Here Comes the Devil

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Here Comes the Devil
Here Comes the Devil.jpg
Directed by Adrián García Bogliano
Written by Adrián García Bogliano
Starring Laura Caro
Francisco Barreiro
Michele Garcia
Music by Julio Pillado
Cinematography Ernesto Herrera
Edited by Carmen Vargas
MPI Media Group, Morbido Films, Salto de Fe Films
Release dates
  • September 11, 2012 (2012-09-11) (Toronto International Film Festival)
Running time
97 minutes
Country Mexico
Language Spanish

Here Comes the Devil (originally titled Ahí va el diablo) is a 2012 Mexican film that was directed by Adrian Garcia Bogliano. The film had its world premiere on September 11, 2012 at the Toronto International Film Festival and stars Francisco Barreiro and Laura Caro as a couple who finds that their children may have been exposed to something completely evil.


A married couple (Barreiro and Caro) lose their two pre-teen children (Martinez and Garcia) during a family outing on the outskirts of Tijuana. After the loss on a nearby hill, luck and good fortune brings them back to their parents the next day, both parents trying to find out what happened during the disappearance. Following their return, changes occur in the behavior of the children that suggest ominous and unspeakable events that recall the night when the children were lost.

The couple hear of legends about unwary people and diabolical secrets of the caves in the area and have a friend investigate the caves. The children are distraught after his return and he is shaken. The mother ventures to the legends' cave and discovers her children's bodies, finally confirming the two imposters are dangerous and the friend saw the dead bodies. She poisons the pair and takes her husband to the cave where he confirms the bodies. He then shoots his wife and himself. Minutes later, imposter bodies drive away in the parents' car.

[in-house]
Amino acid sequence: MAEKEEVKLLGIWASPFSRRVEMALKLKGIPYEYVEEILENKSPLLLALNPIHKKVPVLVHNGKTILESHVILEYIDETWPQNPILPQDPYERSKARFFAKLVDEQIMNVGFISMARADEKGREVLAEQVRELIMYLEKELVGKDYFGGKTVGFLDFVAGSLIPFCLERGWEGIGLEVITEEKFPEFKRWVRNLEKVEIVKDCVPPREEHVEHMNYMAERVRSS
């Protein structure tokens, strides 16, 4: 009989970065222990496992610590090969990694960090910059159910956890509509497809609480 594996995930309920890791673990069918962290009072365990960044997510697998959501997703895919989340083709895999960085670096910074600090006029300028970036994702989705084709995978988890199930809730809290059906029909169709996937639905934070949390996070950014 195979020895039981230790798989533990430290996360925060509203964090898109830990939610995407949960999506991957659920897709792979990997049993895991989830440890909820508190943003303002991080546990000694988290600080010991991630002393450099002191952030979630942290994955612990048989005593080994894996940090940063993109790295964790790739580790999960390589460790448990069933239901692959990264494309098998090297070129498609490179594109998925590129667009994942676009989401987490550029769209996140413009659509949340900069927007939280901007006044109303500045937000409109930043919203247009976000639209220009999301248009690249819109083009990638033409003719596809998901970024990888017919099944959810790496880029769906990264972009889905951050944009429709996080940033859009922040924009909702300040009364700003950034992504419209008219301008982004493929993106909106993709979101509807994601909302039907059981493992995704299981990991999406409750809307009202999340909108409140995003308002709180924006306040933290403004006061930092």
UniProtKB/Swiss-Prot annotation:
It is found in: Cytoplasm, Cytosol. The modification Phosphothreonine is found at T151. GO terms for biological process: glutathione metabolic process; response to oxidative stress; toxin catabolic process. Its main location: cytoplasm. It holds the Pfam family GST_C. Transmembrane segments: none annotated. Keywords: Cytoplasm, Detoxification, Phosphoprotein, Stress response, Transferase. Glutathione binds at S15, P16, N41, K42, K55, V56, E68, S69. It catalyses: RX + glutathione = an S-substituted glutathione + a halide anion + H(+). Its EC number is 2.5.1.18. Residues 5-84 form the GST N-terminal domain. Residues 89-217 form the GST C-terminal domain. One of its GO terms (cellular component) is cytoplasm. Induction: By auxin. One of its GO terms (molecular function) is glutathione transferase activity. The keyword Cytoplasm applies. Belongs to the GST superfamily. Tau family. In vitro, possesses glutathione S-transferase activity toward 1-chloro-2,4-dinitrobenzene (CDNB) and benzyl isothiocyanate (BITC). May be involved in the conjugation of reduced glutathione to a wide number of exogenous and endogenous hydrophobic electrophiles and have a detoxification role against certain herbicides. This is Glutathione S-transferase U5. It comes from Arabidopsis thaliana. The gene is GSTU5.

Critical reception for Here Comes the Devil has been mixed and the movie currently holds a rating of 41% on Rotten Tomatoes, based upon 22 reviews.[1][2] Twitch Film gave the movie a positive review, commenting that several elements such as the "unusual, lurching changes that the movie goes through as it makes its way towards its finale" made the movie worth watching.[3] Fangoria's Chris Alexander gave it four skulls, stating it was "one of the most interesting, frightening and thoroughly alive—both intellectually and viscerally—works of horror and dread this critic has seen in a very, very long time."[4] In contrast, a reviewer for gave the film one star and criticized it for its vagueness, stating that while the movie "hints at the possibility for a "Sixth Sense"-style plot twist" it wasn't "saying anything significant about anything" and was "just a bunch of stuff about demons, murder, female nudity and violent stabbings that, thankfully, will be exorcised from the memory almost as soon as the end credits finish rolling."[5]


  • Best Actor at Austin Fantastic Fest (2012, won - Francisco Barreiro)[6]
  • Best Actress at Austin Fantastic Fest (2012, won - Laura Caro)[6]
  • Best Director at Austin Fantastic Fest (2012, won)[6]
  • Best Picture at Austin Fantastic Fest (2012, won)[6]
  • Best Screenplay at Austin Fantastic Fest (2012, won)[6]
  • Best Feature Film at the Neuchâtel International Fantasy Film Festival (2013, nominated)
  • Best Foreign-Language Film at the Fangoria Chainsaw Awards (2014, nominated)
  • Best Actor at the Fangoria Chainsaw Awards (2014, nominated - Francisco Barreiro)


  1. ^ "Here Comes the Devil (2013)". Retrieved 19 January 2014. 
  2. ^ Whittaker, Richard. "FF2012: 'Here Comes the Devil'". Austin Chronicle. Retrieved 27 May 2014. 
  3. ^ Webb, Charles. "TIFF 2012 Review: HERE COMES THE DEVIL, And He's Looking For Sex". Retrieved 19 January 2014. 
  4. ^ Alexander, Chris. ""HERE COMES THE DEVIL" (Movie Review)". Fangoria. Retrieved 27 May 2014. 
  5. ^ Chaney, Jen. "Here Comes the Devil (review)". Retrieved 27 May 2014. 
  6. ^ a b c d e "Fantastic Fest 2012 Awards". Austin Chronicle. Retrieved 27 May 2014. 

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